Teams is Microsoft’s new workplace chat app built primarily to rival the likes of Slack. If your organisation is moving to Teams, you shouldn’t find the experience too different from existing enterprise chat solutions. In this quick tour around the app, we’ll get you acquainted with Teams’ core features so you’re ready to start collaborating.
Teams is available on the web and as a dedicated app for iOS, Android, Windows and Windows 10 Mobile devices. To get started, download the app on your platform of choice and login with your Office 365 account credentials. For this guide, we’ll be focusing mainly on the Teams app for desktop and web devices. In most cases, the same principles apply on mobile but not all Teams features are available yet and the interface may differ by platform.
On desktop, the Teams interface is made of three key sections. On the far left of the screen, there’s a vertical navigation menu that lets you switch between the core areas of the app. We’ll explore each tab individually in a moment. At the bottom of the menu, you can click your profile picture to access Teams’ settings and change the theme.
The pane to the left of the navigation menu lets you switch between different chats and groups. After using the main menu to change area in the app, you use this pane to select the resource to view.
The chat you’re participating in appears in the rest of the window, on the right-side of the screen. This also houses Teams’ tabs functionality which lets you pin websites, documents and important links to your Teams conversations.
The first time you use Teams, you’ll land in the “Chats” tab. This is where you can talk one-to-one with other members of your organisation. You’ll also find “T-Bot” here, the built-in Teams chatbot that offers basic information on using the app.
To send a message, click any of your contacts. The conversation will open up in the right pane. As you start chatting, you’ll see the screen begin to fill with messages. Teams automatically divides the thread into distinct timeframes so you can quickly browse the conversation. You can send GIFs, files and stickers using the composer at the bottom of the screen. If you want to call your contact, there’s buttons for both voice and video at the top-right of the screen.
The Teams section is where you’ll spend most of your time. This lets you participate in group conversations. Teams uses a threaded view where you reply to messages to start new discussions. This contrasts with Slack’s predominantly one-line format.
You can add a new team by clicking the “Add team” button at the bottom of the list of teams. If your organisation has already set you up with Teams, you should see the groups you have access to appear once the initial sync is complete.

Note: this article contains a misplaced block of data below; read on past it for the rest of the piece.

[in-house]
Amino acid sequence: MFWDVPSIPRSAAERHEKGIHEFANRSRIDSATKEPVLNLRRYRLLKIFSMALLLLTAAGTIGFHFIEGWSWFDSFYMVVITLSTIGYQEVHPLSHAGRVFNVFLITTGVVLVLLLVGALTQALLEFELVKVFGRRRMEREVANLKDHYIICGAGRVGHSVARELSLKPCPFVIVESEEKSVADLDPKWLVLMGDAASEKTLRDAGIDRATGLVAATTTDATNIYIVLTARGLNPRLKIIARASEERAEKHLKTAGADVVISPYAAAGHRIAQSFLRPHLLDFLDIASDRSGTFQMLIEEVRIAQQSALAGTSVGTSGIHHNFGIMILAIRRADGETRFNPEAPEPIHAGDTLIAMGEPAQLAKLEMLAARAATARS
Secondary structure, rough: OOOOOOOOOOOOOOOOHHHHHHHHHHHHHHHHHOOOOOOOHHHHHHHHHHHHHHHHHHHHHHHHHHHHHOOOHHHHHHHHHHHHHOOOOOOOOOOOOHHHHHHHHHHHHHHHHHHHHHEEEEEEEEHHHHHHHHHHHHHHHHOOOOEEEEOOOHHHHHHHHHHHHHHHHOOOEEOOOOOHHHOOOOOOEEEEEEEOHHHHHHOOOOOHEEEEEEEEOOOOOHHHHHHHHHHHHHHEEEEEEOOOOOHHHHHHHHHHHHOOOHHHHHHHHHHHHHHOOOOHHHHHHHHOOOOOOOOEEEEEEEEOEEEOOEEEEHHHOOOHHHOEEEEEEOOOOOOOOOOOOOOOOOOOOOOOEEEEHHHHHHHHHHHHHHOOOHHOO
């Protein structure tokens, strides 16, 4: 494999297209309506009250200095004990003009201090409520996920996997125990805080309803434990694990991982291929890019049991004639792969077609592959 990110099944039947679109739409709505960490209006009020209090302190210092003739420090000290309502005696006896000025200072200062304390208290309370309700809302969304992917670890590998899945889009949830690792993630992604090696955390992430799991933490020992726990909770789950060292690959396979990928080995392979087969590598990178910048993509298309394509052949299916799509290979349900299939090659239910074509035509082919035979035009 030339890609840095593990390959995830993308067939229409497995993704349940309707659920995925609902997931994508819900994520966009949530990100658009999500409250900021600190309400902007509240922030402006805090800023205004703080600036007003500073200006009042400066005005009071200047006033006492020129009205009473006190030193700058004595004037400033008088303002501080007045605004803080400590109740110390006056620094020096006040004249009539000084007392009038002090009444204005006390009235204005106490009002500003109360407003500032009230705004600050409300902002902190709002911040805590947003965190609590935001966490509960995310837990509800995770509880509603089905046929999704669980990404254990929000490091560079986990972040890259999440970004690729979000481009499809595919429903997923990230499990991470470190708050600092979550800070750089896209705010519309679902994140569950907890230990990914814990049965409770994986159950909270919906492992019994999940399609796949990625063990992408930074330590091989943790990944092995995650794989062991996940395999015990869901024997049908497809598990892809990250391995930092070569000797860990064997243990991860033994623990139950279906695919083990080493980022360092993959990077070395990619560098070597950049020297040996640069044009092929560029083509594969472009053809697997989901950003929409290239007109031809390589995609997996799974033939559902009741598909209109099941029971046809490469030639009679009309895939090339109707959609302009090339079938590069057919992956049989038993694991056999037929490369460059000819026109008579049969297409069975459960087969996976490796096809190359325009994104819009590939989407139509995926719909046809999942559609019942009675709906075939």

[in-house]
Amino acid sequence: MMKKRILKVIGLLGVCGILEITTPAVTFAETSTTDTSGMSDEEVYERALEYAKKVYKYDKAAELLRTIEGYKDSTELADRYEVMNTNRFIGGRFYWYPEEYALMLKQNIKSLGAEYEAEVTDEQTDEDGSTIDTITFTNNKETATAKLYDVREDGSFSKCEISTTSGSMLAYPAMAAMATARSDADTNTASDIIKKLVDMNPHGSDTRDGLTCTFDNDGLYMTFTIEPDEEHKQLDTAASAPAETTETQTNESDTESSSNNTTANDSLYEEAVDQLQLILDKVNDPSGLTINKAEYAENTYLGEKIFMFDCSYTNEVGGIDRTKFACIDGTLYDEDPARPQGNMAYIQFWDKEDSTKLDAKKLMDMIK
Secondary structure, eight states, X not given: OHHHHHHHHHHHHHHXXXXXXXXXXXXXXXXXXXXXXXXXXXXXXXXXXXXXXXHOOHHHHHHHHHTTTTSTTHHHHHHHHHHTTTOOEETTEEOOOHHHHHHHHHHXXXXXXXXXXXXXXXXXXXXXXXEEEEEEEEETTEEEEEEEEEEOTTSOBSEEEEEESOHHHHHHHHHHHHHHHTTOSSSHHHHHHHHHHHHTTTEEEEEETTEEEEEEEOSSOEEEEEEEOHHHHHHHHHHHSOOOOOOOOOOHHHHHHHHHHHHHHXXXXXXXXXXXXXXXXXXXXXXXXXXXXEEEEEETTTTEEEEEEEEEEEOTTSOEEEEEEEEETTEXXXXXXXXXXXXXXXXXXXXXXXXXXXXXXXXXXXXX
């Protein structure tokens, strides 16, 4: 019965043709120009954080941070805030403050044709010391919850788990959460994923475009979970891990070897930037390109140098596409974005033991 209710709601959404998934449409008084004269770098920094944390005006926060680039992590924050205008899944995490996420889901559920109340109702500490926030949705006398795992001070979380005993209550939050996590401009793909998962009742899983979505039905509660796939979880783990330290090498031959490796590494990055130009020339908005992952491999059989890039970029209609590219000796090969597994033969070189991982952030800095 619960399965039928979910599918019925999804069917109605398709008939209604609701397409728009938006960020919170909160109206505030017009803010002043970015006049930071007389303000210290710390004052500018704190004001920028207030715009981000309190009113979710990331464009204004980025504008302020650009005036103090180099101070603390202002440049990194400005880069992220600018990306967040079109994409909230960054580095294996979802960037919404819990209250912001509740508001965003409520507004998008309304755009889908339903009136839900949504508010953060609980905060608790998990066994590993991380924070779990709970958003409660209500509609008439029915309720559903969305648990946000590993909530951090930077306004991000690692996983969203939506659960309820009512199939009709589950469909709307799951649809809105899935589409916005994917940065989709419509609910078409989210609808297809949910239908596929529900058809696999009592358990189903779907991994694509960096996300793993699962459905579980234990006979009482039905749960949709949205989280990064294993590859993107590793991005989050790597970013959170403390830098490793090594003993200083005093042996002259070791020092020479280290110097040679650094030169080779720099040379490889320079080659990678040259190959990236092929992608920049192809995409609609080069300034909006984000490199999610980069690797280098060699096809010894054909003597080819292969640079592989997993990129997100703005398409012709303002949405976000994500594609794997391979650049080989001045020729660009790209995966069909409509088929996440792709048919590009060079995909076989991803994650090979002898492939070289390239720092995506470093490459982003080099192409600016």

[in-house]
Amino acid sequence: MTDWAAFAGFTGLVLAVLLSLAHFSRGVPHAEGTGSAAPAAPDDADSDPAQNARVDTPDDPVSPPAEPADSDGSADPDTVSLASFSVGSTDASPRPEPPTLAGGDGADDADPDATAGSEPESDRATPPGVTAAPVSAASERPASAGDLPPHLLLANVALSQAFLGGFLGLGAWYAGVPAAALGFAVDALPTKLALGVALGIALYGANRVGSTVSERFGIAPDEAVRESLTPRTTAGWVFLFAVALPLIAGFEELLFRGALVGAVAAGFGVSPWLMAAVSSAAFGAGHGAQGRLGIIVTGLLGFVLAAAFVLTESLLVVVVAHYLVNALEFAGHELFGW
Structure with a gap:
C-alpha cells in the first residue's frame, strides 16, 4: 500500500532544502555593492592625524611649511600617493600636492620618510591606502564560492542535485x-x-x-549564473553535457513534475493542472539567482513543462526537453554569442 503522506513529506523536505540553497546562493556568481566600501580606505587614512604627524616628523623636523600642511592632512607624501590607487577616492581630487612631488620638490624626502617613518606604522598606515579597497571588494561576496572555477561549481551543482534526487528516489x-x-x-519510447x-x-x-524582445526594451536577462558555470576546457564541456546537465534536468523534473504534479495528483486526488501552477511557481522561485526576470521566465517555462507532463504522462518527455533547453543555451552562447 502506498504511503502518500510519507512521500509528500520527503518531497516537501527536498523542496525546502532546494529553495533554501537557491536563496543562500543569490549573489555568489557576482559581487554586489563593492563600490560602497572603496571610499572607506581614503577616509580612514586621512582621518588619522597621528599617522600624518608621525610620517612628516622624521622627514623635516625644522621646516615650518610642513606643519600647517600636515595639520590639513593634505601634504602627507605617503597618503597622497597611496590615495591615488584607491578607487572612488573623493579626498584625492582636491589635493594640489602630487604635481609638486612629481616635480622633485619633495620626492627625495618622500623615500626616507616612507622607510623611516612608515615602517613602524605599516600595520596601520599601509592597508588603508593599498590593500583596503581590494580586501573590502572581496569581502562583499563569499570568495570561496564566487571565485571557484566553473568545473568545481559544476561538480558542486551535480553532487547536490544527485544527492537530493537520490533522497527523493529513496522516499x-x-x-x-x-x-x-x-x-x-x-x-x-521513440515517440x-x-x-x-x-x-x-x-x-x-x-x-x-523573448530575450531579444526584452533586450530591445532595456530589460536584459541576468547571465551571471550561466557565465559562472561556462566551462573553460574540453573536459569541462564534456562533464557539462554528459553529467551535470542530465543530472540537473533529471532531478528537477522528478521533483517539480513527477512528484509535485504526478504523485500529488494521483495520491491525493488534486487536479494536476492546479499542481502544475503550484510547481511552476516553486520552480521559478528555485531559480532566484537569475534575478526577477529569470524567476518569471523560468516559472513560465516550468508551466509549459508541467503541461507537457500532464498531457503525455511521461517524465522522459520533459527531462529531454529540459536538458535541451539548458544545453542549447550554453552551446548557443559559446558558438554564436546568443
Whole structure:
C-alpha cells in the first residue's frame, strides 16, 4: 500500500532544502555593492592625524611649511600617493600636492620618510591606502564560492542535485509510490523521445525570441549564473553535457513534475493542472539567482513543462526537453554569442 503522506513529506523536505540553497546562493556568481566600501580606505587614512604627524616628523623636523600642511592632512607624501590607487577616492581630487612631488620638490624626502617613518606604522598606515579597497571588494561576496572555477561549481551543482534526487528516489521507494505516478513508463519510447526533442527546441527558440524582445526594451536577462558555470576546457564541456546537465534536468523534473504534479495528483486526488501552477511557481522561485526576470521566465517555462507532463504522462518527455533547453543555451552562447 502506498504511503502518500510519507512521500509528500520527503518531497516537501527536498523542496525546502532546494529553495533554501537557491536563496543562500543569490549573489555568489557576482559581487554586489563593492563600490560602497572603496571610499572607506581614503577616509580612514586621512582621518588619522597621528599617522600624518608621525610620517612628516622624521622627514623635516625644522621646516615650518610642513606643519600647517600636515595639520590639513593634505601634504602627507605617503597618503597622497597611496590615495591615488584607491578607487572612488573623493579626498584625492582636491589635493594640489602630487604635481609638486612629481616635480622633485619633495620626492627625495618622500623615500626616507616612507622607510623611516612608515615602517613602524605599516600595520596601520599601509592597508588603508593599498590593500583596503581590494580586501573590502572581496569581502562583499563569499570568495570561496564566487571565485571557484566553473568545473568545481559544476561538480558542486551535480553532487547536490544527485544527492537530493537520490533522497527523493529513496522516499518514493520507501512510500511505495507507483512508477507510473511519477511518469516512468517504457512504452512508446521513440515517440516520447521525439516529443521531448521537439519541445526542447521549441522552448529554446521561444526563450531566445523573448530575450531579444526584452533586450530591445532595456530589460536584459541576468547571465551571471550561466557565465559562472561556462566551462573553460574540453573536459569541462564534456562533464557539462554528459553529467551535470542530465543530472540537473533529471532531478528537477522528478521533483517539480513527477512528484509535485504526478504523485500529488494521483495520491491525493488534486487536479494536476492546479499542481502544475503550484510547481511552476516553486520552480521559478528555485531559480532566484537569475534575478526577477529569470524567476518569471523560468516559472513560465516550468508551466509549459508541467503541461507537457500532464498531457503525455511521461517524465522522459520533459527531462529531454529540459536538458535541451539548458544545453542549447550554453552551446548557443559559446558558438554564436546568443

Each team can have multiple ongoing discussions that appear as “channels” in the Teams list. By default, teams are created with a “General” channel for everyone to participate in. Click any of the channels in the teams list to dive in and check on the conversation.
You can send a message using the universal composer at the bottom of the screen. To mention a user, use the “@mention” syntax and type their name, or just the first few letters and select their name, and hit tab. You can like messages with the thumbs-up icon in the top-right of each response card or save it to act on later using the bookmark icon.
The Activity tab is where Teams collects all your notifications. You can see when people mentioned you, liked your messages or replied to a conversation you’re involved in. Incoming notifications will flash up on your desktop as they arrive. These alerts will also display on your mobile device but Teams is smart enough not to send them if you’re already actively using your PC.
Meetings and Files
The last two sections of Teams let you schedule meetings with your co-workers and browse your team’s files. Meetings gives you a space to collaborate by starting a voice or video call with your colleagues. You can share files and show content on your screen, letting you avoid going to a meetings room and using a projector. While in a meeting, you can use the Files tab to access resources uploaded directly to Teams conversations or available on your company’s OneDrive.
Teams: Picking up the slack in chat
Microsoft Teams offers a different approach to team chat that’s focused predominantly on thread-based conversation. By offering rich integration with existing Office 365 services, Microsoft hopes it can pull companies away from rivals like Slack and Google Hangouts if they’re already using its other products. Teams is simple to get to grips with while offering powerful functionality that lets you adapt the app to fit your own team’s needs.